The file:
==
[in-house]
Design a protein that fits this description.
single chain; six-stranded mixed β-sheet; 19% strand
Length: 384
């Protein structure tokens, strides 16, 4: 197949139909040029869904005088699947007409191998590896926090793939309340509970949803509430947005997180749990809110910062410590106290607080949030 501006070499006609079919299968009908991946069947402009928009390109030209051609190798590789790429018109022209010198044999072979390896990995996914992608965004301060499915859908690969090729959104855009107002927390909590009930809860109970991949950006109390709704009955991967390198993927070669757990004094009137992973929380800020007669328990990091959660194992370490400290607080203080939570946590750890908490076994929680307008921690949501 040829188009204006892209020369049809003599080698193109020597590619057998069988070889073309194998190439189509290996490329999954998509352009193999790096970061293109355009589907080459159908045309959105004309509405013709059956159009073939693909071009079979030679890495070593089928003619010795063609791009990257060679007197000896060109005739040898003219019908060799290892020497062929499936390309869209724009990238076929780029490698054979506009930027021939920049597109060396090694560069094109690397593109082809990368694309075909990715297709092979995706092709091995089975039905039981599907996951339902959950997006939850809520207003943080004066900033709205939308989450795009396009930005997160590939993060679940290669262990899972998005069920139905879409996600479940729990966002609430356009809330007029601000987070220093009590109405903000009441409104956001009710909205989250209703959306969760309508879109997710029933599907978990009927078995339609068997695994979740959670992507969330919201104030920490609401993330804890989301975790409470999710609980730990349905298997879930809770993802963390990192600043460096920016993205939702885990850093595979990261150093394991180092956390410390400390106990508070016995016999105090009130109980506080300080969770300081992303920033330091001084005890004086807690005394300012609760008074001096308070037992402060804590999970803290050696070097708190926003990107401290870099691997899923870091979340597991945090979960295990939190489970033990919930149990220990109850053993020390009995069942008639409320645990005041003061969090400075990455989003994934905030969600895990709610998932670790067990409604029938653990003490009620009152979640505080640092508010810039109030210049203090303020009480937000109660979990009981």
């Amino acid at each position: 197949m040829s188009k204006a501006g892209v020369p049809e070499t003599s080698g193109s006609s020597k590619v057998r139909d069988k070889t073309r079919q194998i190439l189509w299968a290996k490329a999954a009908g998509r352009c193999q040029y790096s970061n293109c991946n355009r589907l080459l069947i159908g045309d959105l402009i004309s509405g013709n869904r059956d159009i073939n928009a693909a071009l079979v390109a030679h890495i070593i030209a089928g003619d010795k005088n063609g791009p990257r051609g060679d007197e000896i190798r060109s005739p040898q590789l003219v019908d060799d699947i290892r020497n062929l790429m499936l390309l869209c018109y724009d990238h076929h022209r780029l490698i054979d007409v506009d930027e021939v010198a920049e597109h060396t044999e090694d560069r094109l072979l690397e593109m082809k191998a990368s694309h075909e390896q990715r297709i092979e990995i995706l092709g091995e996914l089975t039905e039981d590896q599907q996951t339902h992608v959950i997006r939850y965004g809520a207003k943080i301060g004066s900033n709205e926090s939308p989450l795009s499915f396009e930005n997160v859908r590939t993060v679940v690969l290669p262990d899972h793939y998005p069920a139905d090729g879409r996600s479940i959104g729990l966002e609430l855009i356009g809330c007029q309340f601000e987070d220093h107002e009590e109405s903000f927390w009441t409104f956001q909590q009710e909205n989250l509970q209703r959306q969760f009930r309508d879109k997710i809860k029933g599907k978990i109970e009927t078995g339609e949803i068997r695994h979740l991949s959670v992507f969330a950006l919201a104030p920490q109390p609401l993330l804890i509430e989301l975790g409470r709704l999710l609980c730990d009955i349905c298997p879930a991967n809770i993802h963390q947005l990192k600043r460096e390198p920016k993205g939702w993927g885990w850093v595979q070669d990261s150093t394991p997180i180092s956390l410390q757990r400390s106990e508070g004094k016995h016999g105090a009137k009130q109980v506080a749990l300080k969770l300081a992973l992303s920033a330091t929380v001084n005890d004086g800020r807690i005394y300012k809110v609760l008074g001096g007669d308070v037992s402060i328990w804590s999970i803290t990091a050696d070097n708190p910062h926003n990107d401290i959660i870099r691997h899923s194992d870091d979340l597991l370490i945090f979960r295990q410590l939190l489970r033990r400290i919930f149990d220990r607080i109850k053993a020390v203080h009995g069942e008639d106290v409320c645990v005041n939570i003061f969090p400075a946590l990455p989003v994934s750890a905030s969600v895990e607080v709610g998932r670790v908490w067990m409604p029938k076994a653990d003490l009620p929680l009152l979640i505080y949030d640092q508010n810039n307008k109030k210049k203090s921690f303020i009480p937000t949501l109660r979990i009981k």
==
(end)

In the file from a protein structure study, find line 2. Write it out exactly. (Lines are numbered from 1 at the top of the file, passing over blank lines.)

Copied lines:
Design a protein that fits this description.